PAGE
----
Factoring in her five-year run at Lehigh from 1982-87 prior to arriving at Notre Dame, McGraw has a 687-257 (.728) record in 31 years as a collegiate head coach. That puts her just 13 wins shy of becoming the 13th coach in NCAA Division I history to register 700 career wins -- and should she reach that milestone in the next 55 games, she would be the 11th skipper to compile 700 victories in less than 1,000 games coached. What's more, she would be just the third BIG EAST Conference coach to reach the 700-win plateau, joining C. Vivian Stringer (Rutgers) and Geno Auriemma (Connecticut), both of whom are enshrined in the Naismith Memorial Basketball Hall of Fame.
Going Out On A High Note
The last time the Fighting Irish lost their final game before Christmas was Dec. 21, 1995 (their first season in the BIG EAST Conference), when Michigan State pulled out an 87-83 overtime win in East Lansing, Mich.
The only Notre Dame losses during this current stretch were three defeats to teams ranked in the top three nationally during the Preseason WNIT semifinals (72-59 vs. No. 3/2 Tennessee at Ruston, La., in 1996; 75-59 at No. 3 Maryland in 2007) or championship (94-81 at No. 1 Baylor in 2011), and a 67-63 overtime setback at No. 20 Colorado on Nov. 15, 2003, in the finals of the WBCA Classic -- a game that saw the Buffaloes sink a desperation 30-footer at the end of regulation to force the extra session.
Notre Dame is playing its only regular-season tournament of the 2012-13 campaign, while this marks the third time in four years the Fighting Irish have participated in an event sponsored by Seattle-based Basketball Travelers, Inc. (having previously won the 2009 Paradise Jam and 2011 Junkanoo Jam).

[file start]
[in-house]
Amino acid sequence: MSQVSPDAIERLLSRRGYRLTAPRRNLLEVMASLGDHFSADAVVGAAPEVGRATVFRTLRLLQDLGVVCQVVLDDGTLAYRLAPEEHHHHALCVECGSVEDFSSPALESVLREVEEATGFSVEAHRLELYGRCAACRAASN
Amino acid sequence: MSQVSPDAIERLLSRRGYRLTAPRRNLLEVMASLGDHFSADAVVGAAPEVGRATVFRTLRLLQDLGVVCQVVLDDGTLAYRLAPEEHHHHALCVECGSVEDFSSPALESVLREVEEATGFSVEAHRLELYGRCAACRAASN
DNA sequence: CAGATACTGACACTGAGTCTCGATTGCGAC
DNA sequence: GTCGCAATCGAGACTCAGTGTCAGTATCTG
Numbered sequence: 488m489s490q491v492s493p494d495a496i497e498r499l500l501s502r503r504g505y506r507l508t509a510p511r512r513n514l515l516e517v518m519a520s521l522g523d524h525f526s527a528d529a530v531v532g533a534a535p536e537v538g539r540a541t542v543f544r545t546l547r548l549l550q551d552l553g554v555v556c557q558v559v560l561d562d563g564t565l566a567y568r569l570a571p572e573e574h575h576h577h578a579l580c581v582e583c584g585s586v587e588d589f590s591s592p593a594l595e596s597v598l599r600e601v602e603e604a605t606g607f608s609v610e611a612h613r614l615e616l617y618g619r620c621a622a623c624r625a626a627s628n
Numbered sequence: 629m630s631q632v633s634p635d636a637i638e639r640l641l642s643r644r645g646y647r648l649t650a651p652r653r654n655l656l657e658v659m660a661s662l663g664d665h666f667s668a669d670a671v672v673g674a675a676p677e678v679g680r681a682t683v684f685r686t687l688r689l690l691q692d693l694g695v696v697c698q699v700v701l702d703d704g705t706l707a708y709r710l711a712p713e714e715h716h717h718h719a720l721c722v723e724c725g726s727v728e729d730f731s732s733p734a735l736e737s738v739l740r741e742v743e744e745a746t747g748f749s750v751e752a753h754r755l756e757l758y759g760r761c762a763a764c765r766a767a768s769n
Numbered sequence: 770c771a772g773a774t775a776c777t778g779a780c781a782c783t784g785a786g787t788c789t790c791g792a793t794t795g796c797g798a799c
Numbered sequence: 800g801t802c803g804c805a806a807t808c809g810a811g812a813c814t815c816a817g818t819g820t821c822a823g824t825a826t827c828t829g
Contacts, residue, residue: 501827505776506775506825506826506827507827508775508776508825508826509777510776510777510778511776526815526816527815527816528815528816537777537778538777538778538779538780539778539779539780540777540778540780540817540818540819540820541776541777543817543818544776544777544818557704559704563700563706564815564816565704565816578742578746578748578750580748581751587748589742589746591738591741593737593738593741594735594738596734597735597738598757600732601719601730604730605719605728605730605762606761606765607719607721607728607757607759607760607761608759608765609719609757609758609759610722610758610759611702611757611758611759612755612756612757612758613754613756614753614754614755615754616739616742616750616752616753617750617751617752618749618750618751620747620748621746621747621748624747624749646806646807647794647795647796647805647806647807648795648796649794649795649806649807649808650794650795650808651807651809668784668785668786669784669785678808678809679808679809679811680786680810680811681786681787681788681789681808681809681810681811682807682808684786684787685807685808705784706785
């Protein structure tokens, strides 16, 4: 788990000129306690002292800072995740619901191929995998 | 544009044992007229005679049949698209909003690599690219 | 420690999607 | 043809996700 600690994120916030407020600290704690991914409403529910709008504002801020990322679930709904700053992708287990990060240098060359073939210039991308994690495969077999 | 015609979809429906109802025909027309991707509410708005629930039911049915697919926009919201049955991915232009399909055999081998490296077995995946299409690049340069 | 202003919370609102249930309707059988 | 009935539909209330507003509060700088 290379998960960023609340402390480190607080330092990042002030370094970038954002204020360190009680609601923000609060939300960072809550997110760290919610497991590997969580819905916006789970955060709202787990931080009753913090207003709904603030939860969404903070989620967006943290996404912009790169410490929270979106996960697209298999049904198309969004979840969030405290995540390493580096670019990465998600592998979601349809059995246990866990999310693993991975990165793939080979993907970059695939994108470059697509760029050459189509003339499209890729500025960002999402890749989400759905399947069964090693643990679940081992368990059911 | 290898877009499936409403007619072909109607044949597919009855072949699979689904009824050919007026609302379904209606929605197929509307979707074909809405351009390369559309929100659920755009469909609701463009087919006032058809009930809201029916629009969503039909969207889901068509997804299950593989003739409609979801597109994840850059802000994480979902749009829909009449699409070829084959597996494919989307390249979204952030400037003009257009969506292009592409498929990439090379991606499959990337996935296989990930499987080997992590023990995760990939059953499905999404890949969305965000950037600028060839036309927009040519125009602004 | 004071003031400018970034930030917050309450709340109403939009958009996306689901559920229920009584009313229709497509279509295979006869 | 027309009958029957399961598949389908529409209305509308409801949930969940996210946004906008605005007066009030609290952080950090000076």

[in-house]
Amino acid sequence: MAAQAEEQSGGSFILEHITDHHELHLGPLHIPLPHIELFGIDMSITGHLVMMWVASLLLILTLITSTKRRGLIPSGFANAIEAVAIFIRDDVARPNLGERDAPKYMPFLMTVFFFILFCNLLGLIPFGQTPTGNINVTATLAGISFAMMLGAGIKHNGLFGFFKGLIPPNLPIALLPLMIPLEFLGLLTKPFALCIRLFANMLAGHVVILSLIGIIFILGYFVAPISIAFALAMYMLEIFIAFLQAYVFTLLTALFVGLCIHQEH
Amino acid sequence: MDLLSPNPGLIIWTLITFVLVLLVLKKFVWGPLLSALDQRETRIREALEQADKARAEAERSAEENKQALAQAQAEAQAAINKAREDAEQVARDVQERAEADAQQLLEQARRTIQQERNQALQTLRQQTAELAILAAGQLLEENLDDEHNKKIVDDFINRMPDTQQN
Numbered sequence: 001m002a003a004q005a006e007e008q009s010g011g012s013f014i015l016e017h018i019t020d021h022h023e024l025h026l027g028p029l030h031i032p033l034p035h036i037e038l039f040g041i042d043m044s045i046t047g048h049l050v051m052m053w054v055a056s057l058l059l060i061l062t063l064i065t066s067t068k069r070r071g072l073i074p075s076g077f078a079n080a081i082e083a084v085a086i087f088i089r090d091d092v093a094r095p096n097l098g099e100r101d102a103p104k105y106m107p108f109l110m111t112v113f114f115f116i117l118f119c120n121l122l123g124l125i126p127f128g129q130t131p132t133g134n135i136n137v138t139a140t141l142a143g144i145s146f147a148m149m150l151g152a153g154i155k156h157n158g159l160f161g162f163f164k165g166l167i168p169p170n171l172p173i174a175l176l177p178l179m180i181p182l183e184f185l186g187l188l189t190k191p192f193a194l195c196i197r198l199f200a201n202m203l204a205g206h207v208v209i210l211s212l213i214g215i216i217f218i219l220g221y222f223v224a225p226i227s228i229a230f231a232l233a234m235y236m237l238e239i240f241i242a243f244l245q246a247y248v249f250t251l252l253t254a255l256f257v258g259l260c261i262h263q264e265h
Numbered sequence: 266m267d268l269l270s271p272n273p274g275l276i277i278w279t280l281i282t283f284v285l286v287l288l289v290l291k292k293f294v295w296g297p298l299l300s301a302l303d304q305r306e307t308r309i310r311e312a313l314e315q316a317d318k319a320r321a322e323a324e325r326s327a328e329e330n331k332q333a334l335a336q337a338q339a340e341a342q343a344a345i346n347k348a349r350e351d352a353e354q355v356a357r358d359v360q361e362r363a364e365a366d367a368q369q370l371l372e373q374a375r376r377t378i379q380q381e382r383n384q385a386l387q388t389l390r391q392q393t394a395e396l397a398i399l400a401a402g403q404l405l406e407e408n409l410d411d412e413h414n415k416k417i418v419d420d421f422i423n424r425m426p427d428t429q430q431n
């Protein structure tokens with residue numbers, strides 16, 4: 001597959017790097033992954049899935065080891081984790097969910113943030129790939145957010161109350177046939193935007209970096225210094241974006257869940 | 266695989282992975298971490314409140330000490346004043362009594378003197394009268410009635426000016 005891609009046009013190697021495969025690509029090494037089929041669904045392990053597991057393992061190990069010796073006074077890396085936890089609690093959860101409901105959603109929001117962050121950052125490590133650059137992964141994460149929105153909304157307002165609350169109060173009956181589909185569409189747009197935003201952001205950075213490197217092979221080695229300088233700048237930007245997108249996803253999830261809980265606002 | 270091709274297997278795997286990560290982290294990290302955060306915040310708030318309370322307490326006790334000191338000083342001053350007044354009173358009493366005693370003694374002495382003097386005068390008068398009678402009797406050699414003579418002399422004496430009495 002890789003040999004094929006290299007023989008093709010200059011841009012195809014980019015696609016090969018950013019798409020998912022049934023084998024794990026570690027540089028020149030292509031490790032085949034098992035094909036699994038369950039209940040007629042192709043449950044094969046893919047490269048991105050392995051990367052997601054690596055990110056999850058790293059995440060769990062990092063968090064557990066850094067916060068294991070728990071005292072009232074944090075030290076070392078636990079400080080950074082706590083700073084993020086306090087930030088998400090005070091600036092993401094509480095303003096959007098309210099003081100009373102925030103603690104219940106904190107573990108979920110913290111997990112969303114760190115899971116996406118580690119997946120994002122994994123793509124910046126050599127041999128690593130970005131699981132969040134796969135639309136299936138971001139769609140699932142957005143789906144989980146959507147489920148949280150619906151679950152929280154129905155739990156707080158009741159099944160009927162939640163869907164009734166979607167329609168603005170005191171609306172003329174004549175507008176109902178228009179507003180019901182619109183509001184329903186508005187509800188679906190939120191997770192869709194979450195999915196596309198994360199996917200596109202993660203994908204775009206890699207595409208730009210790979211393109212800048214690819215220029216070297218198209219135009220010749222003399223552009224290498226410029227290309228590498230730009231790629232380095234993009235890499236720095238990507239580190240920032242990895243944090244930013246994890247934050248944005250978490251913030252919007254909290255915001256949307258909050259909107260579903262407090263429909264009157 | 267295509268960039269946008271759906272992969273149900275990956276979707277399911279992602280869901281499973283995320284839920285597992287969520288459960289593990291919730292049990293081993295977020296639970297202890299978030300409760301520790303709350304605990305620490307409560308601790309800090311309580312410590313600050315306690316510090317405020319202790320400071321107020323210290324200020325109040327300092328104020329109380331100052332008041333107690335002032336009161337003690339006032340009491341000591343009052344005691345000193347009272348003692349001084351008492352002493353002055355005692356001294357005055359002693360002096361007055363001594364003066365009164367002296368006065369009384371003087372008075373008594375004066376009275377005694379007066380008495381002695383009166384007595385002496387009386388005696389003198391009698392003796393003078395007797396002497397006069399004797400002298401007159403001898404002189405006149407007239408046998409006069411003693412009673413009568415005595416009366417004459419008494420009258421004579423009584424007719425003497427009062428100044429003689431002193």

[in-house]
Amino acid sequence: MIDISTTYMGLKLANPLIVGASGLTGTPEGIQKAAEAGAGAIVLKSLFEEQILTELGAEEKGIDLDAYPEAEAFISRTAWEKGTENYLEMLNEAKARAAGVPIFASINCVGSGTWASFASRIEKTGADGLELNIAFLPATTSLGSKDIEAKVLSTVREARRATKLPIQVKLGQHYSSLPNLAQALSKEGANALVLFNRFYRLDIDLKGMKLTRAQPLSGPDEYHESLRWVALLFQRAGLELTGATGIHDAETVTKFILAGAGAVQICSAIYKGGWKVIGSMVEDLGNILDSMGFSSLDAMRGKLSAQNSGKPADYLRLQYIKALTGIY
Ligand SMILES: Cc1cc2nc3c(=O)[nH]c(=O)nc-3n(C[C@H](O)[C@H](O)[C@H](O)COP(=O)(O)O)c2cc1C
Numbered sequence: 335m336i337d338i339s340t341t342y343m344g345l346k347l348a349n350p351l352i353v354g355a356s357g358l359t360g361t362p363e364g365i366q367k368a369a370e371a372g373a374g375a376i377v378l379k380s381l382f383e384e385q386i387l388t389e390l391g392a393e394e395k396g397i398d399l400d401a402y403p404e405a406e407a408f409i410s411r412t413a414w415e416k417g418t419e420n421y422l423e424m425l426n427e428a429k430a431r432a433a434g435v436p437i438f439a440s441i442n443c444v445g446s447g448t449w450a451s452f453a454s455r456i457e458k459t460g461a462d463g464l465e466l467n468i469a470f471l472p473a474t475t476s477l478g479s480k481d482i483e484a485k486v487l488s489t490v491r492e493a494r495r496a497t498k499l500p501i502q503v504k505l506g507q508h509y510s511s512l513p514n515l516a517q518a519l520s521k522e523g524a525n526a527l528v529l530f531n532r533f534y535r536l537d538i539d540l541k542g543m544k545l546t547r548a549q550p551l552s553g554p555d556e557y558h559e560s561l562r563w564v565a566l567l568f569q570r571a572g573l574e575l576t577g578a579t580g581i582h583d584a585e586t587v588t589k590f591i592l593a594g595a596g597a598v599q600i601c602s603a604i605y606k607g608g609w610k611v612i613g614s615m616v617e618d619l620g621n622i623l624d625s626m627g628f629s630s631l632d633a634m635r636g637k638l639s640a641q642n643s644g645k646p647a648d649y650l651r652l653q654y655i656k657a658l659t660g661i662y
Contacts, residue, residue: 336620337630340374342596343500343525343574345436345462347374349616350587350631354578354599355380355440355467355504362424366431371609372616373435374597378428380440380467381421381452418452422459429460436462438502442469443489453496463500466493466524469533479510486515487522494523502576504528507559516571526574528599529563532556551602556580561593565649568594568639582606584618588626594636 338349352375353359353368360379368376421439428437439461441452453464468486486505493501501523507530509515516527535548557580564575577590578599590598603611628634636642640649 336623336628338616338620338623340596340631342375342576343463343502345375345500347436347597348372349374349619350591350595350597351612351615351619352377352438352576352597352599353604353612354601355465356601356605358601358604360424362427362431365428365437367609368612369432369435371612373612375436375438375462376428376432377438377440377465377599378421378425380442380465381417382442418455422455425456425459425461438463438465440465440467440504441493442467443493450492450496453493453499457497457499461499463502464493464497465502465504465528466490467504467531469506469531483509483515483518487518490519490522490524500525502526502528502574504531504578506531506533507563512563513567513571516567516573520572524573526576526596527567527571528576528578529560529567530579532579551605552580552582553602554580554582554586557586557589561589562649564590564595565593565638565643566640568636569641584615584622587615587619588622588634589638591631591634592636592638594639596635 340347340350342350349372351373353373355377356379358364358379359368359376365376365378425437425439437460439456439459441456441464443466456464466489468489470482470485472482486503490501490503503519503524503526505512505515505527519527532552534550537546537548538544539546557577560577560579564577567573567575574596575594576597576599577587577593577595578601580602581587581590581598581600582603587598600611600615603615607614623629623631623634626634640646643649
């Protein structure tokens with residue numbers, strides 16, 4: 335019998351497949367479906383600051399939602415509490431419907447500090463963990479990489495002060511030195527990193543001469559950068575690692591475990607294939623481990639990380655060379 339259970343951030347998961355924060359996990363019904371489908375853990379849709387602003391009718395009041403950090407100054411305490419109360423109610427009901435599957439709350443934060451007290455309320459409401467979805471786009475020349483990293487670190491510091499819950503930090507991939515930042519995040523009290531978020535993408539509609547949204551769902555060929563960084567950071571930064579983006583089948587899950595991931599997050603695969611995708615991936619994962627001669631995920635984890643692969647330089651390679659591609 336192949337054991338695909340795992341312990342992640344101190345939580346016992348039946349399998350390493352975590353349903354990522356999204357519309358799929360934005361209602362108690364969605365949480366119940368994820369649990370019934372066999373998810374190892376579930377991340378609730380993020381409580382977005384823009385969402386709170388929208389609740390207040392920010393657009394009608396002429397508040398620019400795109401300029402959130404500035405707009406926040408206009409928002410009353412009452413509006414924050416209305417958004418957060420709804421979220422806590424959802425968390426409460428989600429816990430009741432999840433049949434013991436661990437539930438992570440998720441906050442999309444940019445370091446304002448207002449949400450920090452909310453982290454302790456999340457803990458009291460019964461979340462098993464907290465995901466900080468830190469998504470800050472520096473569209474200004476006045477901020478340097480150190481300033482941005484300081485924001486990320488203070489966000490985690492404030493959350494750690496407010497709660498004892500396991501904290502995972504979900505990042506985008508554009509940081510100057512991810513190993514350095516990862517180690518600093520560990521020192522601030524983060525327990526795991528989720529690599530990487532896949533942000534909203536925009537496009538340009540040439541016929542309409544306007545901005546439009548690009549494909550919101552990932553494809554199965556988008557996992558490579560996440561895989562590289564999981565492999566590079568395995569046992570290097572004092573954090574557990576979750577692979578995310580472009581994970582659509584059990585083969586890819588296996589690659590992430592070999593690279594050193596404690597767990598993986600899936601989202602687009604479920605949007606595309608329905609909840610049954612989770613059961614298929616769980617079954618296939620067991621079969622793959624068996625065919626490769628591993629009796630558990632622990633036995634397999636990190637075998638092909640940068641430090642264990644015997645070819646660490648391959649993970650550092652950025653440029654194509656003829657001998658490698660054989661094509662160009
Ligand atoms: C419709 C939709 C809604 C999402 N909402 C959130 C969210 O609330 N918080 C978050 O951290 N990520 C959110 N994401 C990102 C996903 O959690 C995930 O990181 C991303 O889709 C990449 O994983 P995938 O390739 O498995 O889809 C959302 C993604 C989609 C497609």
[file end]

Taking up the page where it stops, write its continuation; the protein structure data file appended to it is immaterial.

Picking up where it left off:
When faced with such a tight turnaround, the Fighting Irish have risen to the occasion in recent seasons, going 30-9 (.769) on the back half of these two-game (or more) blitzes during the past four years.
Notre Dame has already played on short rest twice this season, defeating Mercer, 93-36, on Nov. 20 at Purcell Pavilion, and Kansas State, 87-57, on Thursday at Cox Pavilion in the second round of the World Vision Classic.
Game #9 Recap: Kansas State (World Vision Classic - Second Round)
Diggins scored 17 of her 22 points in the first half to lead No. 5 Notre Dame to an 87-57 victory over Kansas State on Thursday night in the World Vision Classic.
Diggins scored 15 of the Fighting Irish's first 23 points, leading them to a 23-10 lead 8:20 into the game.
"She is a very, very tough player to defend," Kansas State coach Deb Patterson said of Diggins. "As a young and inexperienced team, it's a great challenge. Once she gets in rhythm and measures you as a defender, it becomes a little bit of a cat and mouse game. And you can be in the position of being the mouse in a hurry. She is one competitive kid."
"We wanted to come out and have a good start from the beginning," Diggins said. "We played similar teams to Kansas State like Central Michigan and Utah State and had trouble containing the ball and the (defensive) rotation. We're a young team and we have our struggles, but we've been improving at that."
Brittany Chambers had 18 points and seven rebounds, Haley Texada scored 11 points and Ashia Woods added 10 for the Wildcats (7-3).
Chambers, who averages 19 points, scored only five after halftime.
"I think we shut down Chambers in the first half," McGraw said. "She got a lot of points late."
Diggins, who had 17 points on 6-for-9 shooting at halftime, also led Notre Dame with four assists in the first half. McBride had 10 points at the break for the Fighting Irish, who shot 55 percent (16 for 29) in the opening half.
Texada led the Wildcats with eight points in the first half.
Beyond The Box Score: Kansas State
Next Up: Purdue
Purdue (10-1) has five consecutive games since its lone loss of the 2012-13 season to date, a 91-57 setback against second-ranked Connecticut on Nov. 24 in the title game of the Paradise Jam in the U.S. Virgin Islands. The Boilermakers will play their final contest before the Christmas holiday on Friday, welcoming IUPUI to town for a noon (ET) matchup before turning their attention to Notre Dame.